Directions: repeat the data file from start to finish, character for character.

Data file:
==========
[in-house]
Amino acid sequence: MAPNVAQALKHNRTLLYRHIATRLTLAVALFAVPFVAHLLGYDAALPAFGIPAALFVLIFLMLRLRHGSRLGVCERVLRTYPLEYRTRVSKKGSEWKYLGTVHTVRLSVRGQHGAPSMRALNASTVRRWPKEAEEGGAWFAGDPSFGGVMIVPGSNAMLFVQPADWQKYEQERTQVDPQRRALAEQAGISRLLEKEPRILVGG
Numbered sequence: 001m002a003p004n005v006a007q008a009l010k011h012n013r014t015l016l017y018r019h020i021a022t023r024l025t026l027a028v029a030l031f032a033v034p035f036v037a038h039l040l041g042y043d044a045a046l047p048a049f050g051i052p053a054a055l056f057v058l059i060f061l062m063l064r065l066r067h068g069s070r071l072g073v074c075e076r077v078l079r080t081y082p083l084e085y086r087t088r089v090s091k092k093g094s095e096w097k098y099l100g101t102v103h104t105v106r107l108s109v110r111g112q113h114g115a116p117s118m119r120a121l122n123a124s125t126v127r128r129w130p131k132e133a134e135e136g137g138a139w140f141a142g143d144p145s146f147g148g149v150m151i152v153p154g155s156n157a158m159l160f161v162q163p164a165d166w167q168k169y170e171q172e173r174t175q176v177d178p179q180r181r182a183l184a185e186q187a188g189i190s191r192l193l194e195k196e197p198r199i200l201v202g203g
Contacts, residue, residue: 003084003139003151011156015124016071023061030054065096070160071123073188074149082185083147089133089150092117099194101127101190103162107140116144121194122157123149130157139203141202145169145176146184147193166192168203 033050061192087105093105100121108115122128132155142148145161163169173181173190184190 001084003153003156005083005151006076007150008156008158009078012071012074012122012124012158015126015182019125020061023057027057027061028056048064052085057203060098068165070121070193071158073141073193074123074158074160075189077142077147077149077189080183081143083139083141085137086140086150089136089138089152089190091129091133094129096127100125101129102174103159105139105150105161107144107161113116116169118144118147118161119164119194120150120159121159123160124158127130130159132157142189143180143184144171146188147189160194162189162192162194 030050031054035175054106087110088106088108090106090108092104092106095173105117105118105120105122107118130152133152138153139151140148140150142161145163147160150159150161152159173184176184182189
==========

[in-house]
Amino acid sequence: MAPNVAQALKHNRTLLYRHIATRLTLAVALFAVPFVAHLLGYDAALPAFGIPAALFVLIFLMLRLRHGSRLGVCERVLRTYPLEYRTRVSKKGSEWKYLGTVHTVRLSVRGQHGAPSMRALNASTVRRWPKEAEEGGAWFAGDPSFGGVMIVPGSNAMLFVQPADWQKYEQERTQVDPQRRALAEQAGISRLLEKEPRILVGG
Numbered sequence: 001m002a003p004n005v006a007q008a009l010k011h012n013r014t015l016l017y018r019h020i021a022t023r024l025t026l027a028v029a030l031f032a033v034p035f036v037a038h039l040l041g042y043d044a045a046l047p048a049f050g051i052p053a054a055l056f057v058l059i060f061l062m063l064r065l066r067h068g069s070r071l072g073v074c075e076r077v078l079r080t081y082p083l084e085y086r087t088r089v090s091k092k093g094s095e096w097k098y099l100g101t102v103h104t105v106r107l108s109v110r111g112q113h114g115a116p117s118m119r120a121l122n123a124s125t126v127r128r129w130p131k132e133a134e135e136g137g138a139w140f141a142g143d144p145s146f147g148g149v150m151i152v153p154g155s156n157a158m159l160f161v162q163p164a165d166w167q168k169y170e171q172e173r174t175q176v177d178p179q180r181r182a183l184a185e186q187a188g189i190s191r192l193l194e195k196e197p198r199i200l201v202g203g
Contacts, residue, residue: 003084003139003151011156015124016071023061030054065096070160071123073188074149082185083147089133089150092117099194101127101190103162107140116144121194122157123149130157139203141202145169145176146184147193166192168203 033050061192087105093105100121108115122128132155142148145161163169173181173190184190 001084003153003156005083005151006076007150008156008158009078012071012074012122012124012158015126015182019125020061023057027057027061028056048064052085057203060098068165070121070193071158073141073193074123074158074160075189077142077147077149077189080183081143083139083141085137086140086150089136089138089152089190091129091133094129096127100125101129102174103159105139105150105161107144107161113116116169118144118147118161119164119194120150120159121159123160124158127130130159132157142189143180143184144171146188147189160194162189162192162194 030050031054035175054106087110088106088108090106090108092104092106095173105117105118105120105122107118130152133152138153139151140148140150142161145163147160150159150161152159173184176184182189